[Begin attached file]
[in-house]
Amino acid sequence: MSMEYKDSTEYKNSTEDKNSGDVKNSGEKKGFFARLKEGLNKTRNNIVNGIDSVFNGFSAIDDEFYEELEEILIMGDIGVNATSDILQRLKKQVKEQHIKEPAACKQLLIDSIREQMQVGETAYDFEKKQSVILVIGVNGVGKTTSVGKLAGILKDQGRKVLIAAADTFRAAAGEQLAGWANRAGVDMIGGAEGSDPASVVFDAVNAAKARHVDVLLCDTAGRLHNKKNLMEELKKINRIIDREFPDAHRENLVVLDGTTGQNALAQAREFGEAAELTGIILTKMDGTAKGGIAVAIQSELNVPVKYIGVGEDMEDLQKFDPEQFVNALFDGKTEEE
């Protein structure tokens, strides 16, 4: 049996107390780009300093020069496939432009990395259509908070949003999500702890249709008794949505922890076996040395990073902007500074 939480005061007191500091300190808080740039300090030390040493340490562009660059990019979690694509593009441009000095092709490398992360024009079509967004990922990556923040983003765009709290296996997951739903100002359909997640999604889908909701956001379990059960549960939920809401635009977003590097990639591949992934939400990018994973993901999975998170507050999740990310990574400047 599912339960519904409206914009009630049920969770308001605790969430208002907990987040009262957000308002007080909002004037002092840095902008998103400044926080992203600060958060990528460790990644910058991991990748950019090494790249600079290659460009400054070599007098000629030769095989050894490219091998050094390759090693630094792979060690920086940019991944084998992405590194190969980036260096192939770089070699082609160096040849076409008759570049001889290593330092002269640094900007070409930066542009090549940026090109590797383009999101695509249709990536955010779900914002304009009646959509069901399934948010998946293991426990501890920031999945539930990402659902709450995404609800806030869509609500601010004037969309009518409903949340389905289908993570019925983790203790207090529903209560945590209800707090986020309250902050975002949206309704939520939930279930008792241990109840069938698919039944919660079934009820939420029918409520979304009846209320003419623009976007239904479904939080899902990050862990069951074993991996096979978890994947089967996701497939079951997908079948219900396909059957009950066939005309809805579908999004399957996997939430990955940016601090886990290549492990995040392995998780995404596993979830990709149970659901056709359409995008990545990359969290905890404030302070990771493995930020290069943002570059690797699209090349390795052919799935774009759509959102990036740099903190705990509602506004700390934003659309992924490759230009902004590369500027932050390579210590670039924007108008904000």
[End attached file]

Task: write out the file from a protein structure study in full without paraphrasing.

[in-house]
Amino acid sequence: MSMEYKDSTEYKNSTEDKNSGDVKNSGEKKGFFARLKEGLNKTRNNIVNGIDSVFNGFSAIDDEFYEELEEILIMGDIGVNATSDILQRLKKQVKEQHIKEPAACKQLLIDSIREQMQVGETAYDFEKKQSVILVIGVNGVGKTTSVGKLAGILKDQGRKVLIAAADTFRAAAGEQLAGWANRAGVDMIGGAEGSDPASVVFDAVNAAKARHVDVLLCDTAGRLHNKKNLMEELKKINRIIDREFPDAHRENLVVLDGTTGQNALAQAREFGEAAELTGIILTKMDGTAKGGIAVAIQSELNVPVKYIGVGEDMEDLQKFDPEQFVNALFDGKTEEE
């Protein structure tokens, strides 16, 4: 049996107390780009300093020069496939432009990395259509908070949003999500702890249709008794949505922890076996040395990073902007500074 939480005061007191500091300190808080740039300090030390040493340490562009660059990019979690694509593009441009000095092709490398992360024009079509967004990922990556923040983003765009709290296996997951739903100002359909997640999604889908909701956001379990059960549960939920809401635009977003590097990639591949992934939400990018994973993901999975998170507050999740990310990574400047 599912339960519904409206914009009630049920969770308001605790969430208002907990987040009262957000308002007080909002004037002092840095902008998103400044926080992203600060958060990528460790990644910058991991990748950019090494790249600079290659460009400054070599007098000629030769095989050894490219091998050094390759090693630094792979060690920086940019991944084998992405590194190969980036260096192939770089070699082609160096040849076409008759570049001889290593330092002269640094900007070409930066542009090549940026090109590797383009999101695509249709990536955010779900914002304009009646959509069901399934948010998946293991426990501890920031999945539930990402659902709450995404609800806030869509609500601010004037969309009518409903949340389905289908993570019925983790203790207090529903209560945590209800707090986020309250902050975002949206309704939520939930279930008792241990109840069938698919039944919660079934009820939420029918409520979304009846209320003419623009976007239904479904939080899902990050862990069951074993991996096979978890994947089967996701497939079951997908079948219900396909059957009950066939005309809805579908999004399957996997939430990955940016601090886990290549492990995040392995998780995404596993979830990709149970659901056709359409995008990545990359969290905890404030302070990771493995930020290069943002570059690797699209090349390795052919799935774009759509959102990036740099903190705990509602506004700390934003659309992924490759230009902004590369500027932050390579210590670039924007108008904000």